In which the question is “Why don’t you have kids?”
I work in a pretty Democratic-voting but ultimately culturally conservative environment, so nothing about this book rings untrue in the slightest….for the most part. I also think that a lot of these essays, like in the previous book, are fairly good distillations of essential points.
But the issue is, that Rebecca Solnit seems to say all the right things. Certainly, for a relatively limited subset of ideas and people who hold opinions on these ideas, she says all the right things. But they’re the same all the right things that pretty much everybody else already says.
So by saying all the right things, she doesn’t really say anything new.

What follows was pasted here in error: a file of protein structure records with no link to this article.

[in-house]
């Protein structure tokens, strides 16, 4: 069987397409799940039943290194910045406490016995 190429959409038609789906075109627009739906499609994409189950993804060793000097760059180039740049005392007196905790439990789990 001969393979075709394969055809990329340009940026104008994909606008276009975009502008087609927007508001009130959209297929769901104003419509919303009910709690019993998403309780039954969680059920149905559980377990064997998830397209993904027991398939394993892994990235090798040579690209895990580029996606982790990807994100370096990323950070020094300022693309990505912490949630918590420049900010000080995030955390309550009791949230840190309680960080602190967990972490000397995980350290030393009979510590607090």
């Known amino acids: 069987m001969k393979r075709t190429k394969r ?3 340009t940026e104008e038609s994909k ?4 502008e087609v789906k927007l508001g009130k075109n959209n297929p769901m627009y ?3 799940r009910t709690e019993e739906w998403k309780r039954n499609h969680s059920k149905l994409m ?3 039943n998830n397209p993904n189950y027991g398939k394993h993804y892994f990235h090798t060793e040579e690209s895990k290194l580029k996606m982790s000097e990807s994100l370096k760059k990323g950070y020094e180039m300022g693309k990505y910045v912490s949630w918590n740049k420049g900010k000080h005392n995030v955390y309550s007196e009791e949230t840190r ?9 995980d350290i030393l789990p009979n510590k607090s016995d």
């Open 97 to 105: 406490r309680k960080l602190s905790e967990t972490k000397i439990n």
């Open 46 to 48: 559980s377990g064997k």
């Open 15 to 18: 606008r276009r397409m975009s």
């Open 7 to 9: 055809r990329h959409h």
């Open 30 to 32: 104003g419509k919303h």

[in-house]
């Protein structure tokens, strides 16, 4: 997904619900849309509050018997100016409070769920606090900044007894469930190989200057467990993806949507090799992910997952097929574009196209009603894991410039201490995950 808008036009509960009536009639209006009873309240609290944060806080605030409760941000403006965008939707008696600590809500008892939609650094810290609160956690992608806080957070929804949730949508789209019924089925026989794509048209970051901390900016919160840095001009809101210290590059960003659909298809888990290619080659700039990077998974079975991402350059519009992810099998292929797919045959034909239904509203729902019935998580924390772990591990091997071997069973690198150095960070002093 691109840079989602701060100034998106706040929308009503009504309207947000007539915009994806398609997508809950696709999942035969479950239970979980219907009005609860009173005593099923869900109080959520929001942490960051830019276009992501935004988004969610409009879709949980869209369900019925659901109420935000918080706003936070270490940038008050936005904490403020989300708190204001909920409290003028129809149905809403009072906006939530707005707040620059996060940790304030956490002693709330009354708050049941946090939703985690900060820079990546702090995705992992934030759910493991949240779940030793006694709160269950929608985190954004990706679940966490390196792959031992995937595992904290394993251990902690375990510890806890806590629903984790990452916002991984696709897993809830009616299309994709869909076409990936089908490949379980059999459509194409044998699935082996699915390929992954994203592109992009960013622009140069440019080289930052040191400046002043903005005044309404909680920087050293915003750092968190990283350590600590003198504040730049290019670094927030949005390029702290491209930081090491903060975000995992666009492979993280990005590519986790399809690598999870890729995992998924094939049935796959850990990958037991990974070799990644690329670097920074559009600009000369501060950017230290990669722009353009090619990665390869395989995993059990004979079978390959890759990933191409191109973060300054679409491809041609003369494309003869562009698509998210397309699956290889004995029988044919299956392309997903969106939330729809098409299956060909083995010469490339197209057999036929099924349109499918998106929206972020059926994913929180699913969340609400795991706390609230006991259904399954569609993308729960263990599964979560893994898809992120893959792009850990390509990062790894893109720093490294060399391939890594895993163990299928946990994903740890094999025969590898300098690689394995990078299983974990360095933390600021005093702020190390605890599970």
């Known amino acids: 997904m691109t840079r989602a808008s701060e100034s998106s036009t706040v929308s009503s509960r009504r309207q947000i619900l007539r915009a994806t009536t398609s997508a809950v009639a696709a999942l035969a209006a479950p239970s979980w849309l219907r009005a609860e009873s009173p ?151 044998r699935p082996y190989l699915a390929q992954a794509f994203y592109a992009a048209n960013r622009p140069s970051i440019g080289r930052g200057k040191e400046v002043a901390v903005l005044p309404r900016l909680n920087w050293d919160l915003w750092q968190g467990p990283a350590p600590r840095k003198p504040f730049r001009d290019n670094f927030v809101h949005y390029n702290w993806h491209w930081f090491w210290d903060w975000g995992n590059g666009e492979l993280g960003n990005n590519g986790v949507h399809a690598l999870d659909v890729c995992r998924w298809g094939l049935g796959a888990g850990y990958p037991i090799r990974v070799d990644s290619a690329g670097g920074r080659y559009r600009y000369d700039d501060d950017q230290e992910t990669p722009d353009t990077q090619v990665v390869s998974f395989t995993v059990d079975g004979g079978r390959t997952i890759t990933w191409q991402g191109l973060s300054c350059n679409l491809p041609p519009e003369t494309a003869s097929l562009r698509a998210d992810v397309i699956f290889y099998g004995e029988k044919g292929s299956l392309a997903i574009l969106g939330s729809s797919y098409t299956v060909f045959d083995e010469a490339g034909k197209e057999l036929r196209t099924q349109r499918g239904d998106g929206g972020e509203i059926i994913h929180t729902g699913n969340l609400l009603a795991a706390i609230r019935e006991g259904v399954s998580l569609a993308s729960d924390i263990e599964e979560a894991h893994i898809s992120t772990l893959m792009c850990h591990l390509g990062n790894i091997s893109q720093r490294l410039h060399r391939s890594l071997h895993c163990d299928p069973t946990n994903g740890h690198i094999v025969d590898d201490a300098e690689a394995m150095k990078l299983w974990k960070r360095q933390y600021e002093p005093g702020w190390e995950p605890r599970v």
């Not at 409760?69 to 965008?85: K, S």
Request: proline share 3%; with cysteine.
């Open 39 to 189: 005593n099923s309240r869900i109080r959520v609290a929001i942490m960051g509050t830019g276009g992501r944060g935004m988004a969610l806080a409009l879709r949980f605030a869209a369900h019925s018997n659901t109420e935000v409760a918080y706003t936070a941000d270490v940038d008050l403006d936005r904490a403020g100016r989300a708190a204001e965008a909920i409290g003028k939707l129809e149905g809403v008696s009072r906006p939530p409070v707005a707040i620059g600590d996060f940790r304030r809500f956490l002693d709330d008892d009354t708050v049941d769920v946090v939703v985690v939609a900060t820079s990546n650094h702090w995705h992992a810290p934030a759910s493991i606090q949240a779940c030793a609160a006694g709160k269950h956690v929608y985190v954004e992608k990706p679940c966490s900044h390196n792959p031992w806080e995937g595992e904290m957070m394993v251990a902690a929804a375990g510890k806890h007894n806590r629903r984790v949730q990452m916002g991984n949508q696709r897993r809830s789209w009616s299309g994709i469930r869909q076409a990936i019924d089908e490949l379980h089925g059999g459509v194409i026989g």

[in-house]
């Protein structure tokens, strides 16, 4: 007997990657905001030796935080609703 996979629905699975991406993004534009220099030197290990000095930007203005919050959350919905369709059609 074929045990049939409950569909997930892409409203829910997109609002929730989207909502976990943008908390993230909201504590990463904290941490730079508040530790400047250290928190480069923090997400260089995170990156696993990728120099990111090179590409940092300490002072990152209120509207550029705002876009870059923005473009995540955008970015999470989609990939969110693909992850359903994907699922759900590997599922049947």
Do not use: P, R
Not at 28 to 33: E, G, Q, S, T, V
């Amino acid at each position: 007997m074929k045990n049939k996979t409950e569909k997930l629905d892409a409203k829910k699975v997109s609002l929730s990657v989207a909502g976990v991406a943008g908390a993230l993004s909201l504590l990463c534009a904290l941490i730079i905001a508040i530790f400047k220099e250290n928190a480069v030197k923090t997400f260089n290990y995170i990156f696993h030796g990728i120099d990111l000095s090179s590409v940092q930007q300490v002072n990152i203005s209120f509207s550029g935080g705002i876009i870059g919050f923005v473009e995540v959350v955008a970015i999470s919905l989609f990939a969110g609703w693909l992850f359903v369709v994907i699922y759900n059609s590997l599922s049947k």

And, here’s the rub, by setting up part of the whole deal as “people who disagree with me I laugh at and scorn,” it’s kind of like a pre-warning against disagreeing with her. And I don’t even really disagree with her. But it feels like a lot of collating information and opinionalia from the aether of recent thought into a collection and making a book out of them that feels a little cynical. And in addition, so much of the book puts her at the center of commentary, even though this isn’t a memoir, and that feels even more cynical. There’s a kind of imbalance in this book then between a memoir and an objective(ish) commentary that can’t find its center. And so the end result would be some head-nodding, sure, but also a lot of “And?”